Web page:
Women's lacrosse rules committee recommends possession clock
A visible 90-second possession clock could be coming to NCAA women’s lacrosse competition in the near future.
During their June 1-3 meeting in Indianapolis, the NCAA Women’s Lacrosse Rules Committee recommended adding a possession clock in the sport by the 2017 season in Division I, and by 2018 in Divisions II and III.
Committee members believe delaying the implementation of the possession clock is warranted because it provides schools time to budget for any financial implications. The committee recommended using two clocks, one on each end of the field. However, one clock located at the scorer’s table would also be allowed.
All rules proposals made by the committee must be approved by the NCAA Playing Rules Oversight Panel, which is scheduled to discuss the women’s lacrosse recommendations on a July 16 conference call.
Under the 90-second possession clock proposal, the offensive team must register a shot within that window or the opposition will be awarded the ball at the spot on the field where it was when time expired.
The clock will be reset on a shot that is deflected by the goalkeeper or on a shot that hits the piping on the goal. The clock will reset on all changes of possession and when a defender receives a yellow or red card during the possession. The possession clock will keep counting down toward zero on shots that go wide or high of the goal.
The committee hopes the proposal, if approved, will limit the abuse of clock management and increase the pace of play.
“We have heard more and more comments and concerns about long possession times from all three divisions,” said Julie Myers, the committee chair and the women’s lacrosse coach at the University of Virginia. “Over the last few years, there has been a significant increase in the concern about the excessively long possessions that were taking place all over the field and throughout the course of our game.
“We, as a committee, felt that limiting the amount of overall possession time will encourage more urgency in transitioning into the offensive end, where the main objective should become scoring more efficiently rather than to hold possession of the ball. We felt this would bring better balance to both sides of the ball and would keep the ball in play more consistently.”
The committee also recommended allowing players to do self-restarts following minor or major foul calls outside of the critical scoring area (defined as inside the 12-meter arc and the corresponding area behind the goal), beginning with the 2016 season. Players would still have the option of waiting for the penalty to be administered.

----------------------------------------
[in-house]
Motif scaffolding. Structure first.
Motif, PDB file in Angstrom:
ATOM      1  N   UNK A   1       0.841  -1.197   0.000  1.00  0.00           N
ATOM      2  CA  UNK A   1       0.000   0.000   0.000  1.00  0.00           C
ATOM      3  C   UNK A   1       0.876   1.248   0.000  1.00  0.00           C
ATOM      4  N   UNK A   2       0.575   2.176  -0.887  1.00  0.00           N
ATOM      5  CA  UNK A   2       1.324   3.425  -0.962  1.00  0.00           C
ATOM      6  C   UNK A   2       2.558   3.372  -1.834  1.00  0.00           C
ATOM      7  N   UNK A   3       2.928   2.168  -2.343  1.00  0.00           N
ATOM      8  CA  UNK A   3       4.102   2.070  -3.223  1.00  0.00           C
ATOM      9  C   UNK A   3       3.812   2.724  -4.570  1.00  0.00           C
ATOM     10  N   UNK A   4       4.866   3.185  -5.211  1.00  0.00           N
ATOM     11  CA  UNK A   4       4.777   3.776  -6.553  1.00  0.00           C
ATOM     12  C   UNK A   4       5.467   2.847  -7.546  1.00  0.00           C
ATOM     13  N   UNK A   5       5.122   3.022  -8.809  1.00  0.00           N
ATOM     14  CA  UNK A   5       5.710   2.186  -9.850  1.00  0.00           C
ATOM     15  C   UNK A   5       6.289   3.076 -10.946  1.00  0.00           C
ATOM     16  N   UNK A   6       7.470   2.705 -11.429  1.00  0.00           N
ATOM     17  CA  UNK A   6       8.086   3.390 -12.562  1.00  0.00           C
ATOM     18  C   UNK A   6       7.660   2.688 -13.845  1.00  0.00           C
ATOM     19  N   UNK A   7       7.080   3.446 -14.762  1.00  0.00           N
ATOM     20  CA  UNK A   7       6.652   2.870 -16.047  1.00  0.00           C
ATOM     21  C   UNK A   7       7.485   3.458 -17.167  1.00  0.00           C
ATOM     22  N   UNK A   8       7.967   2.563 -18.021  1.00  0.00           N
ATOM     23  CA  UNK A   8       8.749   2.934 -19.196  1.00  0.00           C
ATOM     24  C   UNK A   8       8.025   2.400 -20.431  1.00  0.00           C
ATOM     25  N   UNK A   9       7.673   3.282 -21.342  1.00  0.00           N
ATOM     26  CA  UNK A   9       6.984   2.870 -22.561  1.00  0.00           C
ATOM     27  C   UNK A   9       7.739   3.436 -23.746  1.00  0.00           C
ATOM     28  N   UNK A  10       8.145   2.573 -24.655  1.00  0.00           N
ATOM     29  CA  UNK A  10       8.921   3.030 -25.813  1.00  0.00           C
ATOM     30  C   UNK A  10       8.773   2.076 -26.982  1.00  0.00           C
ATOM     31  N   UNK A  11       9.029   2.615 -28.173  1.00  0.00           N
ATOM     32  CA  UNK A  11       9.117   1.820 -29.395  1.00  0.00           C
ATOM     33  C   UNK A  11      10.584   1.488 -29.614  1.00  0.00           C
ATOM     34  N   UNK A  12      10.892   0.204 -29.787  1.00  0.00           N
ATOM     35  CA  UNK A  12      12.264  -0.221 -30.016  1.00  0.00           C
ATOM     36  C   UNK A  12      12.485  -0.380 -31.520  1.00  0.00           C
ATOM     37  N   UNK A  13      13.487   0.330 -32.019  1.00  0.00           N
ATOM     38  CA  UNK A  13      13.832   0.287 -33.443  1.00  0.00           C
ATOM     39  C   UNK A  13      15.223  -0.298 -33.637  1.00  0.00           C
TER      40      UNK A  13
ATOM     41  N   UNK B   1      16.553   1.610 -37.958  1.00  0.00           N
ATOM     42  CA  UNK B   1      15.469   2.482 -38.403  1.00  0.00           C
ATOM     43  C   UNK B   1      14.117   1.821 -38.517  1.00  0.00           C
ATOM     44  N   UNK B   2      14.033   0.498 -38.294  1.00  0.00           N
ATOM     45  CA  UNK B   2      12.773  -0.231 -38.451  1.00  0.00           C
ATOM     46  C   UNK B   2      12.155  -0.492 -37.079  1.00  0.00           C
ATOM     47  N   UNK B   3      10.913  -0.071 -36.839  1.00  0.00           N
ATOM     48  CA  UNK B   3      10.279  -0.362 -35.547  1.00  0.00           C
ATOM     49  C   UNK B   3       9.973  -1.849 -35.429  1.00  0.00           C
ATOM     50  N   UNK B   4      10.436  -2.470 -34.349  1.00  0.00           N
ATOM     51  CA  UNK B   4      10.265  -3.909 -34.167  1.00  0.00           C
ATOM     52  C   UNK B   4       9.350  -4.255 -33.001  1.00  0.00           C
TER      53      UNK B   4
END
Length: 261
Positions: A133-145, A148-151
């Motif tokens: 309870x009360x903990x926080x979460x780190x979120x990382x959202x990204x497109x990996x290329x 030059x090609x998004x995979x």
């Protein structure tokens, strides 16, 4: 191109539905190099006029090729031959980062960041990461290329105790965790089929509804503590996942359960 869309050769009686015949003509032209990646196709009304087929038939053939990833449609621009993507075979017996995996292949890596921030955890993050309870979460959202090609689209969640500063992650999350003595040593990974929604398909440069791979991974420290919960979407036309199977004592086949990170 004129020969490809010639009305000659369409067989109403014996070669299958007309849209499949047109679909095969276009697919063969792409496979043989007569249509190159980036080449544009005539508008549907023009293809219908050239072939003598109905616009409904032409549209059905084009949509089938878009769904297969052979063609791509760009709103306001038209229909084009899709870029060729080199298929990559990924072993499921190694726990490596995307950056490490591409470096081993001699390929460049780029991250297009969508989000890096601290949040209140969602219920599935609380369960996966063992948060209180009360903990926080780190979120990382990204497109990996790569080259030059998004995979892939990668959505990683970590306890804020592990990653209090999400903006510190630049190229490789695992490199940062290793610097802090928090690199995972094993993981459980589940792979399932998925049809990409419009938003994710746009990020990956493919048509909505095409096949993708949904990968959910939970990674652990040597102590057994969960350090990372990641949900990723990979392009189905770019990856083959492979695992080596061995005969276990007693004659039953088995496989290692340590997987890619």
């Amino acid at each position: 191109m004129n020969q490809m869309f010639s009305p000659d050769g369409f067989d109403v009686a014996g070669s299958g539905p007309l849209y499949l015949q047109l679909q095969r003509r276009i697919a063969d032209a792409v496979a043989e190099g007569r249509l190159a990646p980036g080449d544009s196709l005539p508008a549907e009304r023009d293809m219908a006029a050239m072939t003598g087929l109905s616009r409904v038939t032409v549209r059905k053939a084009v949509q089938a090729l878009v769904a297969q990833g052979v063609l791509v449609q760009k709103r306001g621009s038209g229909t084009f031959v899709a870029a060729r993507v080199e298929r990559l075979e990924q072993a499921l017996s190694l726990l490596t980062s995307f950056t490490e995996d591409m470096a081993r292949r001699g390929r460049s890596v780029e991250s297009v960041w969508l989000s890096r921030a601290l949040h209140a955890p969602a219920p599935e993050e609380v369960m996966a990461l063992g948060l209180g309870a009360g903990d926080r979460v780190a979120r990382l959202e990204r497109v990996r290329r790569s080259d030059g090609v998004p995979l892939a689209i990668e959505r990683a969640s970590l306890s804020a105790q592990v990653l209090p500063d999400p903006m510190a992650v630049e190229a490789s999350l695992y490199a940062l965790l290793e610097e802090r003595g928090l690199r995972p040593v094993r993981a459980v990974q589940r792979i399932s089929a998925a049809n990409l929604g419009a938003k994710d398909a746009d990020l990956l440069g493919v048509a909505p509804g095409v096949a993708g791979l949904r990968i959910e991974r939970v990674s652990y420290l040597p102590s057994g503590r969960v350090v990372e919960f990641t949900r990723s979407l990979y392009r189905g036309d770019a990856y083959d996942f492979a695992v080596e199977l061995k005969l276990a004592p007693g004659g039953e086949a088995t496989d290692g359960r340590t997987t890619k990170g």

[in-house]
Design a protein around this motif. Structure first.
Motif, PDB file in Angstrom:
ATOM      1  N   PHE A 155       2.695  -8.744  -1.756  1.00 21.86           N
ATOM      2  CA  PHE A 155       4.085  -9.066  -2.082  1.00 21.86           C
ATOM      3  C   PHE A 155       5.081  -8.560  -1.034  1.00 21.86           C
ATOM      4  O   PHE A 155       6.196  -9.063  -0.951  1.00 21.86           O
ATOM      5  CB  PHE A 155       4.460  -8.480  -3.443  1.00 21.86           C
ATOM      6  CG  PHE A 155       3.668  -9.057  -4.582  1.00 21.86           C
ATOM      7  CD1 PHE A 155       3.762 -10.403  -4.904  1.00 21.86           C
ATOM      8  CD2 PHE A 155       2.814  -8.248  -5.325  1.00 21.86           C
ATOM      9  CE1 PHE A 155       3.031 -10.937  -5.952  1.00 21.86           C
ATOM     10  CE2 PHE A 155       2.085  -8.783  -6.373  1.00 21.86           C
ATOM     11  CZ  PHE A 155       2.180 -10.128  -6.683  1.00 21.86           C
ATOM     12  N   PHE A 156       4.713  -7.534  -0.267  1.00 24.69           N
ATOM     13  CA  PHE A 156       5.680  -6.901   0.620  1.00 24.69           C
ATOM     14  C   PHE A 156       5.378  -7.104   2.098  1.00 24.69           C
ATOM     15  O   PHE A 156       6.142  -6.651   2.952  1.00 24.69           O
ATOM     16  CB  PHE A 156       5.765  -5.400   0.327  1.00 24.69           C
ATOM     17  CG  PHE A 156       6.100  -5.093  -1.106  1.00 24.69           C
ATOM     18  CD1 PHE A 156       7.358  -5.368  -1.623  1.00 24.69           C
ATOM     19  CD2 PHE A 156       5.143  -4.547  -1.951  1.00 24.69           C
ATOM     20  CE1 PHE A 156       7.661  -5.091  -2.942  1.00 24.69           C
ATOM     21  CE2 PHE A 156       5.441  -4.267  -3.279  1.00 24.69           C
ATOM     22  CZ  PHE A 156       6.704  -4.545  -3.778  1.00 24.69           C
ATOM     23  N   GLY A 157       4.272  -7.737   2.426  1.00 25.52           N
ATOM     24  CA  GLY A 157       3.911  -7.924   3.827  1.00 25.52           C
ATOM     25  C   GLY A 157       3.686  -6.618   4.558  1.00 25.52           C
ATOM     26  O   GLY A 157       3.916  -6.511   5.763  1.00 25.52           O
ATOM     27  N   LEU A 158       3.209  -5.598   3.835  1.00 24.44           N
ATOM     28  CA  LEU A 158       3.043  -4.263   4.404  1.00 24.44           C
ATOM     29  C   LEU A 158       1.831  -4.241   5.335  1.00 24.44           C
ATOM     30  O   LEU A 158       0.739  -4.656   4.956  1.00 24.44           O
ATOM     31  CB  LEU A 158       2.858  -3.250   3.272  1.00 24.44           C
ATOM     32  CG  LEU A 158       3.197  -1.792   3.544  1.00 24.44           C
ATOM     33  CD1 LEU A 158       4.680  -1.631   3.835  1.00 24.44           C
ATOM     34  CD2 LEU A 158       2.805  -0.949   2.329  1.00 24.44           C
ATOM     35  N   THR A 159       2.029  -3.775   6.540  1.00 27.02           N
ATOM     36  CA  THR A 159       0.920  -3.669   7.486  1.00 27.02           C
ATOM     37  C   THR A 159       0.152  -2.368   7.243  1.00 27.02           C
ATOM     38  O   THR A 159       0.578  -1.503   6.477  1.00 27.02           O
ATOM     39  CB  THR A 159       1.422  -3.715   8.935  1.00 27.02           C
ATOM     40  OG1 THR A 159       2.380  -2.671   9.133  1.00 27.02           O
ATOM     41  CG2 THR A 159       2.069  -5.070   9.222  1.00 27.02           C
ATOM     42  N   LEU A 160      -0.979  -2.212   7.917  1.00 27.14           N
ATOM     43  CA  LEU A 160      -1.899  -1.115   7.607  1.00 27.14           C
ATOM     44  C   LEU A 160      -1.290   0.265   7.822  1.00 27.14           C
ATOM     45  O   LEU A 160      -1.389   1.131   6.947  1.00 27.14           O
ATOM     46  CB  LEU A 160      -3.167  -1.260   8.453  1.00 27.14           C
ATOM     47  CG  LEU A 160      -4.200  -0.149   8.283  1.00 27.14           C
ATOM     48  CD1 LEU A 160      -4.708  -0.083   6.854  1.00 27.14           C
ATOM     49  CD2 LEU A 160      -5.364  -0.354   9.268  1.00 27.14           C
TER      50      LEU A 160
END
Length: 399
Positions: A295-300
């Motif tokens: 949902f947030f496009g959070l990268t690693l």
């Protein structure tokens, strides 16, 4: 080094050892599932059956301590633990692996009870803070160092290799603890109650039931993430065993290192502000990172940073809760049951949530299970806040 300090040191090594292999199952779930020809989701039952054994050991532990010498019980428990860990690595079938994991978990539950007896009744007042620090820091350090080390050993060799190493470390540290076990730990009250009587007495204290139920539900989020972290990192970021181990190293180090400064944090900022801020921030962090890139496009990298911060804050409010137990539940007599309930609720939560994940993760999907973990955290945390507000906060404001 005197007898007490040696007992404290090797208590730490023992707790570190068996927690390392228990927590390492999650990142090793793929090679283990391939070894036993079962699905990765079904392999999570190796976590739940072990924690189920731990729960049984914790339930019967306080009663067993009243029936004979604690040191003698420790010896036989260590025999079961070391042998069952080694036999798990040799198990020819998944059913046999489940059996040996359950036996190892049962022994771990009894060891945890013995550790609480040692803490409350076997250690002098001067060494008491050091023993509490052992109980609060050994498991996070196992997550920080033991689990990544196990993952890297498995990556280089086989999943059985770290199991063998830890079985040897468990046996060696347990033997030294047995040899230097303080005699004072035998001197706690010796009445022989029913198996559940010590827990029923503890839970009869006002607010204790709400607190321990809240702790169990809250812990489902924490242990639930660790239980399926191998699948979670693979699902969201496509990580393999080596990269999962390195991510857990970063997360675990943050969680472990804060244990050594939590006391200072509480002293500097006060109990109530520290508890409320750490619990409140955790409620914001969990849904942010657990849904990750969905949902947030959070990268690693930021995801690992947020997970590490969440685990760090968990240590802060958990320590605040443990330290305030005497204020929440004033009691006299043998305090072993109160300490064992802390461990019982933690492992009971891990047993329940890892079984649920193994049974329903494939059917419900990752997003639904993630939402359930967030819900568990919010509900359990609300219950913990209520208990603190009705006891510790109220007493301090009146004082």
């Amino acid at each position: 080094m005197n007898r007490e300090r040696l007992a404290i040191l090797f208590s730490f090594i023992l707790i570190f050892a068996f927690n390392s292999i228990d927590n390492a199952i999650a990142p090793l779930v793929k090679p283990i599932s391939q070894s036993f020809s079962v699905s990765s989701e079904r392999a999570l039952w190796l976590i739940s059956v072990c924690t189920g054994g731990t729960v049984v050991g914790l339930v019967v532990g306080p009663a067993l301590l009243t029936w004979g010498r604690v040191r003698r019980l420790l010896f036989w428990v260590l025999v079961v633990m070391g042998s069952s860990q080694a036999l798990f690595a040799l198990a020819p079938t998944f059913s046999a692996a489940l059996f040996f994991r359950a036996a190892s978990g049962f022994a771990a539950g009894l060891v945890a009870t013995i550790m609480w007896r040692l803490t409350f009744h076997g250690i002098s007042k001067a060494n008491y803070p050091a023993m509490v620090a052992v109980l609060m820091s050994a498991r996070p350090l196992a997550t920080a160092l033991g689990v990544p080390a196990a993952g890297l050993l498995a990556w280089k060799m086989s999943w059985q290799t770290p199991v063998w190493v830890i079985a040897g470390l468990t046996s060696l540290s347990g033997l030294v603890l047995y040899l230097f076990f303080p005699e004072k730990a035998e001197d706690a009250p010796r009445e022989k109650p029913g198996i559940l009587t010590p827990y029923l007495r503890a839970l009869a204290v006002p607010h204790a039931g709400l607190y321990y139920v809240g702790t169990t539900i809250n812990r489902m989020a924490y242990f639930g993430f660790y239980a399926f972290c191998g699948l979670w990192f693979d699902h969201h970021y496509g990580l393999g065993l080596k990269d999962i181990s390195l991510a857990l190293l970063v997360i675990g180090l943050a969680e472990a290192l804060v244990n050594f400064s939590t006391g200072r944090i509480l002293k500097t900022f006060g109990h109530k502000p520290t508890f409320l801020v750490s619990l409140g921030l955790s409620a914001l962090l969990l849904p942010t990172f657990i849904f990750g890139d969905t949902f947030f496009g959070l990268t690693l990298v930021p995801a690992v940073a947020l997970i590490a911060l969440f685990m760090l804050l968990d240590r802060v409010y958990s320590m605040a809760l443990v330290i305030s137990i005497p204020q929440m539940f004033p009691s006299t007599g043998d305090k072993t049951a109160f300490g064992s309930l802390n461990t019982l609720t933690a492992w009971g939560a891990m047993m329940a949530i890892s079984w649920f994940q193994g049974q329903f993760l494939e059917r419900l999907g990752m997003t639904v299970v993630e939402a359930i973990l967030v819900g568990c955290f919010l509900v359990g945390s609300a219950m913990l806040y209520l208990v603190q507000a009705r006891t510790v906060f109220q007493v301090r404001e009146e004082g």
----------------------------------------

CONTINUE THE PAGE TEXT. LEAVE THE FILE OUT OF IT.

Players called for major fouls must stand at least 4 meters behind the player with the ball on a restart, and players called for minor fouls must stand at least 4 meters to the side of the player with the ball on restarts.
Again, the committee believes giving players the option of restarting play quickly can speed up the pace of play.
The committee recommended that officials conduct stick checks of every goal-scoring stick following each goal scored, beginning next season. This is currently a rule in international play.
Committee members also recommended more extensive stick checks before the start of the game, with officials examining more than just the pocket depth.
Coaches will still maintain their three stick-check requests and will be allowed to use them before any draw (faceoff), during timeouts, at halftime and before the start of any overtime periods.
If a player is found to be using a stick that doesn’t meet the specifications (which are being further defined, standardized and clarified in the rules book), the player will be given a yellow card and must serve a two-minute, non-releasable penalty.
“What we’ve all learned over the last couple of years that sticks have changed and altered the game to the advantage of some and the detriment of others,” Myers said. “We want to standardize this part of the game and make it more fair and more about the skill rather than the stick or stringing in the stick.”
Committee members also recommended that throw-ins following offsetting foul calls be eliminated from the game, starting in 2016. The committee proposed that an alternating possession rule take place in these scenarios. The first possession arrow will be determined at the coin toss, where the winning captains choose direction or possession.
In the event a game goes to overtime, the committee proposed a modification to make it a sudden-death format with the teams changing ends every three minutes. This proposal would be effective for the 2016 season.
In the current overtime format, the team that scores the most goals in two three-minute periods wins.
Three-second violation change
For 2016, the committee recommended that three-second violations be considered a minor foul.
If a defender is inside the 8-meter arc and not guarding anyone for three seconds, the offensive team is given possession of the ball at the 12-meter arc, where it can initiate an indirect play (pass to a teammate) on goal.